Santander offer 74% of UK adults free 'phish and chips'
NEARLY three quarters of the UK population has been targeted by phishing, smishing and vishing campaigns, new research from Santander has revealed.
The bank have conducted a survey of British adults in order to raise awareness of fraud, with their research also revealing that more than 600 million scams were attempted via email, text and phone in the past 12 months.
As part of this effort, they're touring a "phish and chips" van across a number of cities, offering a free portion of fish and chips - "along with a side of advice on avoiding the tricks criminals use" - to anyone willing to present a phishing email or a smishing text.
Yet as welcome as Santander's offer of chips and advice may be, it's arguable that phishing wouldn't be the problem it is if banks such as Santander weren't so eager to move from bricks-and-mortar to online and mobile banking.
This point aside, the figures provided by Santander are fairly staggering, and attest to the massive scale of phishing (email), smishing (text) and vishing (phone) campaigns.
The bank surveyed a representative sample of 2,000 UK adults, discovering not only that 74% of the population have been on the receiving end of an attempted scam, but that each person in the country receives 16 fraudulent emails, texts or calls on average every year.
As stated above, this translates to around 600 million attempts at pretending to be someone's bank every year, with Santander breaking these down into the following categories:
- 63% of the attempts come from "phishing" emails
- 23% are "smishing" texts
- 11% are "vishing" calls
And just to be clear, phishing and its variants (smishing and vishing) are types of fraud in which the would-be victim receives a communication (usually an email) seemingly from their bank, or another institution they would ordinarily trust.
Usually, such a communication ends up asking the recipient to click on a link, which then takes them to a genuine-looking webpage that asks for them to enter their personal and banking details.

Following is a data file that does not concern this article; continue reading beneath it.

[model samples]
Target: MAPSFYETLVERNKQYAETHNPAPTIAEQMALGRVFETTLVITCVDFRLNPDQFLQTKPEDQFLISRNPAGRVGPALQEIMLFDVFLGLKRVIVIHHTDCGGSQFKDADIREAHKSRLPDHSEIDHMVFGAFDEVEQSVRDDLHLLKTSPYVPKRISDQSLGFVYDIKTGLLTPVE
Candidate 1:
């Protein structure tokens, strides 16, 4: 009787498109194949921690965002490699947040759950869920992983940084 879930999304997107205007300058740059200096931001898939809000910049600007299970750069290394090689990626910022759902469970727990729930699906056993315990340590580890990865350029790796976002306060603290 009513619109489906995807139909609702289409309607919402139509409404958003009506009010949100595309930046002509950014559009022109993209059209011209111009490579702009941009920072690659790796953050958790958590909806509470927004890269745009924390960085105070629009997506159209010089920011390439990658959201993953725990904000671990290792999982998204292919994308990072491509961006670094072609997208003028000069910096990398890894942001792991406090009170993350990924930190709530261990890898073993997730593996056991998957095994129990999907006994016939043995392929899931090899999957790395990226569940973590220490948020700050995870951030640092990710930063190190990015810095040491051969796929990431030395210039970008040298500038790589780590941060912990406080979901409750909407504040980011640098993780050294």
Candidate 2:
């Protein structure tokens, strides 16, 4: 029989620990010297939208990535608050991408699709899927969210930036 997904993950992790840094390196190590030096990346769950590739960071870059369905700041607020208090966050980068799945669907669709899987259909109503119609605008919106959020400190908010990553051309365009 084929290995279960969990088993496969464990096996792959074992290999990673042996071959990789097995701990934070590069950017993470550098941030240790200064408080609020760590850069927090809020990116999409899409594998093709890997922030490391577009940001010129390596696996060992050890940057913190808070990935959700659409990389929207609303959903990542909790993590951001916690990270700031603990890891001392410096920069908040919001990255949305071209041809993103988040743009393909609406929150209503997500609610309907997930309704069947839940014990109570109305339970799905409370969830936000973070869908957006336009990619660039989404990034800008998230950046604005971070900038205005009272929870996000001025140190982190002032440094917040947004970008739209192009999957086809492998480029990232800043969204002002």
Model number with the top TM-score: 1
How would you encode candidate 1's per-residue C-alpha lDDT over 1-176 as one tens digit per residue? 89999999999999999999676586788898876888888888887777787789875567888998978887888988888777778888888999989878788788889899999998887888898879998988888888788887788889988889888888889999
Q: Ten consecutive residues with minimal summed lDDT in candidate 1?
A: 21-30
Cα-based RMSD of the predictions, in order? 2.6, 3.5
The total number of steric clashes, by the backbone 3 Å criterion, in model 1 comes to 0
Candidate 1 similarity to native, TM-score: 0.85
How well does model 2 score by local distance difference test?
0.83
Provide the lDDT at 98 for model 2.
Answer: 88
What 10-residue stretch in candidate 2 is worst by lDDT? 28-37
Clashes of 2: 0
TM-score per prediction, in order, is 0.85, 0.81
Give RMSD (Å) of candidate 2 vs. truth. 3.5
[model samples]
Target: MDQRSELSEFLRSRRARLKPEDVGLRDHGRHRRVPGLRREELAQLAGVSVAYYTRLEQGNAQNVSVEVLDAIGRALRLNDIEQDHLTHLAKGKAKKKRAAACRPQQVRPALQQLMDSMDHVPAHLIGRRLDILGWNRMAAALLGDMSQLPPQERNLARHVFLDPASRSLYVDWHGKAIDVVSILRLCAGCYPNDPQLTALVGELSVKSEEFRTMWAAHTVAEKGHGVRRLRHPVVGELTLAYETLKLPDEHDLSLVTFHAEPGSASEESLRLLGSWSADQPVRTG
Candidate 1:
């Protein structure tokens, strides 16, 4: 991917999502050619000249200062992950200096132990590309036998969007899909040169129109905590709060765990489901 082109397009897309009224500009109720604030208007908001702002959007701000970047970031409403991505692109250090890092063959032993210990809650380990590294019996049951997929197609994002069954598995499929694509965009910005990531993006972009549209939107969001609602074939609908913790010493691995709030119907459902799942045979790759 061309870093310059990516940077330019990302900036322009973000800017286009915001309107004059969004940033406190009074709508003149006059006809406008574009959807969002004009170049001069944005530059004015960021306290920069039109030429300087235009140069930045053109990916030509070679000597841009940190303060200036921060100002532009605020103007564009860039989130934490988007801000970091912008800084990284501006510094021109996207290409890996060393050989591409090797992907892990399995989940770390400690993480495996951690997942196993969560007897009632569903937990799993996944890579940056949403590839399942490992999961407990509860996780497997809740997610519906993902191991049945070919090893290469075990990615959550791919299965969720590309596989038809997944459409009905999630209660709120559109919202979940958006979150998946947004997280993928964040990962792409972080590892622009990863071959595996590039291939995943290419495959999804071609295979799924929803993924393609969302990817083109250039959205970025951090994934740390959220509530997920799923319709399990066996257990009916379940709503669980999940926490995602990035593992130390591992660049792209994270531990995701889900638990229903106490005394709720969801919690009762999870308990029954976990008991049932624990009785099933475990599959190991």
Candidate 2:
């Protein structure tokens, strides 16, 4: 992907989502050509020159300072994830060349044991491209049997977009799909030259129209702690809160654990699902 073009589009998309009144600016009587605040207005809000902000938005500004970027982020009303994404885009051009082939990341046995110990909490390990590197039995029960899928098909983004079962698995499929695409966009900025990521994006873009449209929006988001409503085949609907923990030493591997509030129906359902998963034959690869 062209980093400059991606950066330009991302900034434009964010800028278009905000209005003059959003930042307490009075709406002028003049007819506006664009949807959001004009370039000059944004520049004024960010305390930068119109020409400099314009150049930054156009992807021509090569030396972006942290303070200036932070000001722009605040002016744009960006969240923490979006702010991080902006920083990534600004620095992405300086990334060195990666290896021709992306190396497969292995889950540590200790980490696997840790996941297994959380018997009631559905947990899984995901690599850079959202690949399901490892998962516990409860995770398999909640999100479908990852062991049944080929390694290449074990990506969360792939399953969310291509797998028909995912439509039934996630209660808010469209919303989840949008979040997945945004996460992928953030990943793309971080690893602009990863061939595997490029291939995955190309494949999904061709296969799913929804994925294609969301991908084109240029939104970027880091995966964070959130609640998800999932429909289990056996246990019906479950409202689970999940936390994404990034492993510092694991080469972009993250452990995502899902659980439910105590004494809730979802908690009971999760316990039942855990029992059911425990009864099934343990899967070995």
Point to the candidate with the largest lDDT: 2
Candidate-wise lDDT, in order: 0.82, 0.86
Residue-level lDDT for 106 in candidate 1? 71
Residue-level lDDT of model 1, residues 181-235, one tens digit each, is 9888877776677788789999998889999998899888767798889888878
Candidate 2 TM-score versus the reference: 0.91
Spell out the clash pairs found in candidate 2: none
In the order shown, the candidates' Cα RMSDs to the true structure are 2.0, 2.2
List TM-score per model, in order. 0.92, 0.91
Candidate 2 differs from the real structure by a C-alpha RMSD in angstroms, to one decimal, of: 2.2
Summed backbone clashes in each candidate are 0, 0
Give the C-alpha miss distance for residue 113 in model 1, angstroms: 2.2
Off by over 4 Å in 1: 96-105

And even though Santander don't report on this themselves, latest figures suggest that as much as £11 billion was lost to fraud in 2016 alone, although phishing account to 53% of this total figure.
Speaking of the seriousness of phishing and its variations, Santander's Head of Customer Experience, Reza Attar-Zadeh, said, "phishing emails have evolved. They can appear in inboxes as convincing ... but there are signs to look out for such as spelling mistakes, generic greetings rather than your name and suspicious looking email addresses".
And it's because phishing presents a serious threat to the public that Santander have dispatched a "Phish and Chips" van to tour the country.
Aside from offering a free portion of fish and chips to anyone who shows up with an example of phishing or smishing, the van will also teach anyone who's interested how to spot phishing emails and what they can do to protect themselves.
It has already paid visits to Manchester and Liverpool, but in the coming days and weeks it was stop between 12.00pm and 3.00pm at the following cities:
- Leicester: Friday 13th October
- Birmingham: Saturday 14th October
- Cardiff: Friday 20th October
- Bristol: Saturday 21st October
- London: Tuesday 24th October
- Leeds: Friday 27th October
- Glasgow: Saturday 28th October
And for those who don't live in the above places or who can't make, the bank have nonetheless provided a few tips on staying safe:
- Never share your PIN numbers and banking passcodes with another person, not even banking staff
- Don't download software or let anyone remotely log on to your devices during a cold call (or after)
- Don't enter your internet banking details after clicking a link in a text or email - always navigate directly to the online banking website yourself
Yet as helpful as such tips are, it's worth noting that Santander and banks like them have actually contributed to making the phishing epidemic worse.
That's because the UK's banks have pursued a programme of mass branch closures, shutting as many 3000 branches in the decade to 2016 and forcing a shift to online, mobile and telephone banking.
It's precisely this shift that fraudsters are exploiting with phishing and its offshoots, taking advantage of the fact that the move to "non-physical" banking is being pushed too quickly on people who aren't entirely equipped for it.
As Santander note in their own report, there's a correlation between the increase in phishing and an increase in remote banking: "there has been a seven per cent rise in the number of cases of remote banking fraud with a five per cent rise in internet banking, a seven per cent rise in telephone banking and a twenty per cent rise in mobile banking in the first half of 2017".
And it's because of this relation between phishing and the death of the bank branch that it's a good thing that, finally, banks such as Santander are finally taking it upon themselves to educate their customers, and to prepare them better for the changes being foisted upon them.